And once put together, I was very surprised at how well the Skylines wrote. So SMOOTH :)

Besides being brittle, the plastic shrinks.
One of the caps has a loose band, because the plastic cap shrank.

January 3rd, 2014, 12:25 PM
Now, if I could only find a Skyline Executive for $15-40. . .

I had to shell out a lot more than that, several years ago, to latch onto an Executive. What a pen! Mine isn't perfect, but I think the "cool factor" beats my 149 by a long shot.

Norm Matthews
January 3rd, 2014, 04:43 PM
Just a reminder that some Skylines had breather tubes that can make resacing a little more than straight forward.

January 3rd, 2014, 06:51 PM
Just a reminder that some Skylines had breather tubes that can make resacing a little more than straight forward.

Ah, Norm, you've caught my laziness!

My "lazy person's guide to repairing a lever-filler" says that if I find a breather tube, I use it. I carefully stretch the sac asround the tube. If no tube, I don't bother scratching around to make one. Memory says I once asked Ron Zorn if a breather tube was necessary, and he asked if I had seen a sac-pen without one. Sure: Esterbrooks do not have a breather-tube.

For anyone who has not seen one, a breather tube is about the thickness of the red tube that comes with WD-40. It fits into the section, and allows a user to pull more ink into a sac as the inside of the empty sac wants to be the same air-pressure as outside. Instead of one squeeze of ink, the pen gets several. At least that's my amateur's explanation.

January 3rd, 2014, 09:39 PM
I got my breather tube from David Nishimura @ vintagepens.com
5 feet is way more than I can every see using, so I don't worry about it if I make a mistake, I throw it away and make a new one.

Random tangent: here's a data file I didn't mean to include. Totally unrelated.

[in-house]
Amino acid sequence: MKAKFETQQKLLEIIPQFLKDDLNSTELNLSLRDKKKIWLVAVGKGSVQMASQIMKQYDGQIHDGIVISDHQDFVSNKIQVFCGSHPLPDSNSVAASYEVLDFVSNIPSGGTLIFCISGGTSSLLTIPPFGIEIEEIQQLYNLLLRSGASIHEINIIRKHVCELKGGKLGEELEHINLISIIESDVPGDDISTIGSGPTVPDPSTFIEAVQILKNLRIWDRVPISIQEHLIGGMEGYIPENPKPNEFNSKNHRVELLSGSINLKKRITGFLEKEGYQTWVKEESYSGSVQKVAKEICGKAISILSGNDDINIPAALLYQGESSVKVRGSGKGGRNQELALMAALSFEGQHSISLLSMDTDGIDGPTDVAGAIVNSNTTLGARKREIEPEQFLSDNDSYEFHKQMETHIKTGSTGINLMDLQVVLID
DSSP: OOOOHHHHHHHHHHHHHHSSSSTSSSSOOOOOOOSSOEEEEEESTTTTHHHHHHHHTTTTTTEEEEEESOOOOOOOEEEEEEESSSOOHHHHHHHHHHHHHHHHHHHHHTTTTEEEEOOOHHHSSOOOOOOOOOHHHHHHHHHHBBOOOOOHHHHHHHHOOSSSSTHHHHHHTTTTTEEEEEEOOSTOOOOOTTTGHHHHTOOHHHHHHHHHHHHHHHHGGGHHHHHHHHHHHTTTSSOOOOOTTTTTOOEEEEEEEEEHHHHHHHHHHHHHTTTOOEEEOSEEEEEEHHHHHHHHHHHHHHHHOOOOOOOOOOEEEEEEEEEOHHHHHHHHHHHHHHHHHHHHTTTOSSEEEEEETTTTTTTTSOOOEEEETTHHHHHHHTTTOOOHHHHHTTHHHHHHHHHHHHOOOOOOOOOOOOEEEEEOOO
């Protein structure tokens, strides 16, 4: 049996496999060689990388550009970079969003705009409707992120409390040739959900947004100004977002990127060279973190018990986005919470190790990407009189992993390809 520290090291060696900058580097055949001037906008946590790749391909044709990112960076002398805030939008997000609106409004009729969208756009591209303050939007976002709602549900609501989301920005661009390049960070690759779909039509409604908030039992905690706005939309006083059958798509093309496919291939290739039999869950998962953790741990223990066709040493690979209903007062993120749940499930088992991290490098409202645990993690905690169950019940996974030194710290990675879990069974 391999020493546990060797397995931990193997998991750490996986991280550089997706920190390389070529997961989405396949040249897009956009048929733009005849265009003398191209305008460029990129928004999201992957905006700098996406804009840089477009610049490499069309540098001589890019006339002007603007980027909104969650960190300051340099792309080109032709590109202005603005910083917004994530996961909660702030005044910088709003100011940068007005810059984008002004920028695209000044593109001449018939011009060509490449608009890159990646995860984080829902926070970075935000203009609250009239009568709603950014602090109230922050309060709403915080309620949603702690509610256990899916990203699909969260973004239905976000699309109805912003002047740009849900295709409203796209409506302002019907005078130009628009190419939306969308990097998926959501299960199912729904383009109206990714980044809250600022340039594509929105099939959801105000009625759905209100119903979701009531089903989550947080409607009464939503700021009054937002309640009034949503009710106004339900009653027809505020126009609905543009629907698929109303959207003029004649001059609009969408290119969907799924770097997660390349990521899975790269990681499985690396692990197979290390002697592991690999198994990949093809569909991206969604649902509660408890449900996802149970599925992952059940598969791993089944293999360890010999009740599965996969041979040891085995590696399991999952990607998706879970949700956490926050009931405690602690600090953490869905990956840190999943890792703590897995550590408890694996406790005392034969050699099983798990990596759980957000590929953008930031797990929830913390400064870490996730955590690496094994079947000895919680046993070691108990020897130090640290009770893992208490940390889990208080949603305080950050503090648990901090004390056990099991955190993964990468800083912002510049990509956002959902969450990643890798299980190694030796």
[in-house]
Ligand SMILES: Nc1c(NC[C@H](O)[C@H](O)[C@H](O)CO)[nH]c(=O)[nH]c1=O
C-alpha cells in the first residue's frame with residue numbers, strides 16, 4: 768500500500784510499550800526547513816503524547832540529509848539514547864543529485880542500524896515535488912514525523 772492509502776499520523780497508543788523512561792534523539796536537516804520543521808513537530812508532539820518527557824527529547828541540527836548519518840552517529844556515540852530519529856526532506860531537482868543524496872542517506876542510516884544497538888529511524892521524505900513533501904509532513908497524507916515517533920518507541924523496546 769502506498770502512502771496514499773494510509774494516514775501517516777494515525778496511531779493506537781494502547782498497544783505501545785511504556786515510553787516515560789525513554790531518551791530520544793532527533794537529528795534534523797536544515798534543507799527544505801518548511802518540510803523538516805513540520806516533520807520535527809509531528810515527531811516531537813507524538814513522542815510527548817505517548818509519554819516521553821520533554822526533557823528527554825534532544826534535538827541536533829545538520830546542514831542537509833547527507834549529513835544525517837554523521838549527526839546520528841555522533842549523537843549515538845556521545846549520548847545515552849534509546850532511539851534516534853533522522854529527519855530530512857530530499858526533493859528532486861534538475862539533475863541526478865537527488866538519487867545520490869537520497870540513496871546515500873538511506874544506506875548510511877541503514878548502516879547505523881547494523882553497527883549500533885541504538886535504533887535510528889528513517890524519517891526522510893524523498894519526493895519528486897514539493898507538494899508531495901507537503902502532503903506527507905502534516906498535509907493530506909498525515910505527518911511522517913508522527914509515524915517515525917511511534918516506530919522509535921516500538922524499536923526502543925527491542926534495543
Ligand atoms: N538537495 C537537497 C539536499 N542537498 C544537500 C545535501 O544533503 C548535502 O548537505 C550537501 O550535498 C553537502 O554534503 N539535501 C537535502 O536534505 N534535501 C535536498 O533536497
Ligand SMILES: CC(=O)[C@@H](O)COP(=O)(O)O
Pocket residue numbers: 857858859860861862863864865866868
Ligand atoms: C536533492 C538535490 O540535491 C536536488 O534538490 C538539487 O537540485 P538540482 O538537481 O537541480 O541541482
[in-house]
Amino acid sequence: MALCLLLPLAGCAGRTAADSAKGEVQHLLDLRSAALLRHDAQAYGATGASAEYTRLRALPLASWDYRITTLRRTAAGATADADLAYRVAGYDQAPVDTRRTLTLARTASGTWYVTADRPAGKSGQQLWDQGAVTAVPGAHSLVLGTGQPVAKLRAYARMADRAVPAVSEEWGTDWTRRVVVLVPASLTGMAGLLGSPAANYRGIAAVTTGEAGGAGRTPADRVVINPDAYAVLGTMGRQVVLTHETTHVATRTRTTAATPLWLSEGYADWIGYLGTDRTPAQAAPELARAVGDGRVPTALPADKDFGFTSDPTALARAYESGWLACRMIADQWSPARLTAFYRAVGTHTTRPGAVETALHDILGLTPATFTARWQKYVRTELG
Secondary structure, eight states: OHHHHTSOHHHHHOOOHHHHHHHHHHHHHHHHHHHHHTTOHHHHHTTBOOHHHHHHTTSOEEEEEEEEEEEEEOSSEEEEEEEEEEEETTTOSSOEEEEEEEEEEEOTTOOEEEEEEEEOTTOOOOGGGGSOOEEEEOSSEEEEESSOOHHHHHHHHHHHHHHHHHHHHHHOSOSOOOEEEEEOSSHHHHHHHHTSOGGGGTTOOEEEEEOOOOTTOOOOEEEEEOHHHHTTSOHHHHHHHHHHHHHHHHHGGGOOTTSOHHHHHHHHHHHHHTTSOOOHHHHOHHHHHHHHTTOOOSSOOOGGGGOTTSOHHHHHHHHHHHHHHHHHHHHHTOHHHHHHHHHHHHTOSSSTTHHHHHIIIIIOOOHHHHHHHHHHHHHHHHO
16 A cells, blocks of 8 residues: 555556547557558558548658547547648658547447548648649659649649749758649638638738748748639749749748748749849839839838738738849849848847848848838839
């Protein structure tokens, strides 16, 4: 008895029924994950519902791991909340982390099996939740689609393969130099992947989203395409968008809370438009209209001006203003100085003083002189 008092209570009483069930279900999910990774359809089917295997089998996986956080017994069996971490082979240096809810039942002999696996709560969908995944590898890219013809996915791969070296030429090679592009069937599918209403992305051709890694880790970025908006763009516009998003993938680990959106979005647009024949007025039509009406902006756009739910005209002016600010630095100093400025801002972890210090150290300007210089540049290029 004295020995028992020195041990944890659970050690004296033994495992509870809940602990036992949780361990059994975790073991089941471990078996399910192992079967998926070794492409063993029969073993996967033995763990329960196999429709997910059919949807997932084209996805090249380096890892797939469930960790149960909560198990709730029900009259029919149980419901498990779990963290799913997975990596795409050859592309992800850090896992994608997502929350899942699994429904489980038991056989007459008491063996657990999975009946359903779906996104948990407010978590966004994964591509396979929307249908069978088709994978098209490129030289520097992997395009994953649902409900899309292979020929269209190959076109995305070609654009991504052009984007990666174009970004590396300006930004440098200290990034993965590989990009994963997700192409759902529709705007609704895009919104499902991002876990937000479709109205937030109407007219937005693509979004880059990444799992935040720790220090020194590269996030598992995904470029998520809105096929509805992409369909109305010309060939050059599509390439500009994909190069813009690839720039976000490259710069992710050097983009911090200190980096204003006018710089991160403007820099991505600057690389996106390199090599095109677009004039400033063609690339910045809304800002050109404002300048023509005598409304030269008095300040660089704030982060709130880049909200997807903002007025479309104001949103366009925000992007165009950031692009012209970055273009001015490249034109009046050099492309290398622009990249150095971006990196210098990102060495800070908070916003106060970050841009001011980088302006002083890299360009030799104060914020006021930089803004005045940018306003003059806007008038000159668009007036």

One of mine still had the breather tube, so I made the new breather tubes the same (length and shape).

January 6th, 2014, 12:57 PM
Also, bear in mind that if a pen is designed to have a breather tube, if you leave the tube out the pen may not fill completely. I've found this to be the case with Skylines. In a pinch, I have used a modified "straw" from a can of WD-40. . .

January 6th, 2014, 03:03 PM
I have a green striped Skyline, which was one of my first vintage pens, purchased several years ago from a member on FPN. It has a lovely flexible nib and a convenient little ink window and I find the tapered barrel to be very ergonomic.

I agree with you--I think the Skyline is a great introduction to vintage pens, and it's one that doesn't often get mentioned.

January 9th, 2014, 08:15 AM
I just purchased my first skyline from a local seller. I love it. It writes so smoothly and looks really cool to boot. I wonder if one upside of the whole brittle plastic thing is that the nib--the real reason I was interested in the pen--survives to be in another pen. I bet there are a lot of nice skyline nibs floating around out there from broken pens.

July 2nd, 2014, 10:46 AM
Mine had the "lucky curve" looking breather tube. I removed and replaced it...i saved the old tube. It was pretty easy.

July 3rd, 2014, 11:02 PM
I have found that the Skyline sections are more durable than the caps and barrels. Also found that many pens of the late '30s and '40s had roughly the same diameter sections. I think it is perfectly OK to put an orphaned Skyline nib/section on anything that will take it. Yes, the result is a franken-pen, but any pen with an Eversharp Skyline nib is a fine pen.